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University of Natal in drive to attract engineering students

14 February 2001 News

The University of Natal has embarked on a determined drive to attract pupils of excellence to counter the countrywide shortage of engineers.

Professor Lance Roberts, the Dean of the Engineering faculty and acting deputy Vice-Chancellor, said the faculty's budgets had been 're-prioritised' to release more funds for student aid, bursaries and scholarships. Entrance acceptance, scholarships and financial aid were now being confirmed on school performance with 'firm offers' being made before matric results are known.

Professor Roberts said the extra funds would enable more students to qualify for student aid, ie those in households earning less than R90 000 a year. In an attempt to accommodate those who fall into the 'middle income trap' - those whose families earn more than the cut-off but cannot afford university fees - more money is to be allocated for bursaries and scholarships.

Pupils who want to become engineers are guaranteed acceptance at Natal University's Durban or Pietermaritzburg campuses on the basis of excellence in their school performance prior to writing their matric exams. If the pupil meets the requirements for student aid this, too, will be guaranteed in advance of their matric finals.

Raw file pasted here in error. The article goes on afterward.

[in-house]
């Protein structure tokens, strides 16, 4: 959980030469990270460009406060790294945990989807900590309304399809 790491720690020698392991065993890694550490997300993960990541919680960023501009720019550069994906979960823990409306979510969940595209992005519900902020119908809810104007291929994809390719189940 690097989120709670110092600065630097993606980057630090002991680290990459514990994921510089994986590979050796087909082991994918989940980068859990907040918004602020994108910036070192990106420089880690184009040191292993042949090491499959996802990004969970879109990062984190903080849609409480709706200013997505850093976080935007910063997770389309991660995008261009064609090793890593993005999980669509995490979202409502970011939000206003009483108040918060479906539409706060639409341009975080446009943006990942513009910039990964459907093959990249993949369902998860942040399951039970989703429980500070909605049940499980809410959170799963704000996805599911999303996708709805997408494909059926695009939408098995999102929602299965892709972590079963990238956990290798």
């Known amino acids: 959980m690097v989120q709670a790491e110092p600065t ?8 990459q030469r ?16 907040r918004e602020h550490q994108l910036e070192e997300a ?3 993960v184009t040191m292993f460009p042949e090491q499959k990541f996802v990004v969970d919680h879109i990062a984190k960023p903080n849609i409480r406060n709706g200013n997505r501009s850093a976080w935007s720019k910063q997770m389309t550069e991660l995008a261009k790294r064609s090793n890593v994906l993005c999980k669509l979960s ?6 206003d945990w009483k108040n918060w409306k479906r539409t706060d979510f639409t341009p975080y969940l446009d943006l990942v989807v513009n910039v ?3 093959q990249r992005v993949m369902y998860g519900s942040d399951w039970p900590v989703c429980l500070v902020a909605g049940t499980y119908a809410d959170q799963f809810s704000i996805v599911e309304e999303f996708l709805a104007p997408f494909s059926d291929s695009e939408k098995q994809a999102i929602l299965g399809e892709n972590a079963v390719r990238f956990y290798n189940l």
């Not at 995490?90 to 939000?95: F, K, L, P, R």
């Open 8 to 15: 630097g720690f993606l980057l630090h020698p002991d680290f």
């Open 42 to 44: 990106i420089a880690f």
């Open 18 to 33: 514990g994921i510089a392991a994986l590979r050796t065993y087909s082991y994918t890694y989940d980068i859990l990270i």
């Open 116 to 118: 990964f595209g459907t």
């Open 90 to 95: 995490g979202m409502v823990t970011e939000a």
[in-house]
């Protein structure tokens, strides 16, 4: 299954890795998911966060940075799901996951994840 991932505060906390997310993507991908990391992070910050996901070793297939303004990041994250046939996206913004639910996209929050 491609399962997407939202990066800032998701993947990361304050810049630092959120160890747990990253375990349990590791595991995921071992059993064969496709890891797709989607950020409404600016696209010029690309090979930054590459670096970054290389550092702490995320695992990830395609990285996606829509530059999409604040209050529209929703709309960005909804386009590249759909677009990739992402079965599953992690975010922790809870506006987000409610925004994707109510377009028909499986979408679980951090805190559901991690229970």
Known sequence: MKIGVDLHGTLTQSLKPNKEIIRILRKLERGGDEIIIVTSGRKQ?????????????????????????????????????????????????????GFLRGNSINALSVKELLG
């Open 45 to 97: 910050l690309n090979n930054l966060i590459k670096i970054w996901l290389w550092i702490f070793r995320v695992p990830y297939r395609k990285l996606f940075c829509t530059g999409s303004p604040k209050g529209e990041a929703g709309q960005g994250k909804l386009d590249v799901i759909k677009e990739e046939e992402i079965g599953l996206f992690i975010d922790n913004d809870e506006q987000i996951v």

"While a pupil will still need to meet faculty criteria in terms of the points system, these will be on the basis of their school performance through Grade 11 to their matric trials. Once we have made a firm offer, all they have to do is pass their matric," said Professor Roberts. Many such 'firm offers' were made for this year, he added.

The Faculty has also invested heavily in its computer facilities and says it works constantly to ensure computer equipment meets the exacting demands of these disciplines. Last year 250 new Pentium 3s were installed, creating an enviable computer-to-student ratio of 1 to 5. Agreements have been negotiated to guarantee ongoing upgrading to accept new software and four-yearly replacement of obsolete equipment.

First-year intakes into the five schools have remained fairly constant at around 400 during the past five years. In 2000 there were 1550 under and post-grads studying Civil, Mechanical, Electrical and Electronic, Chemical and Agricultural Engineering, as well as Land Surveying and Construction Management.

Professor Roberts said Natal University engineering graduates were in great demand and were 'virtually guaranteed employment'. "Industry respects and trusts Natal University graduates and actively seeks them out," he said.

Natal University's degrees are, in addition, internationally recognised with reciprocal agreements in the engineering fields in place through the 'Washington Accord' with Canada, the United States, England, Ireland, Australia, New Zealand and Hong Kong.

For further information, contact Kathy Waddington, University of Natal Durban, (031) 260 2957.





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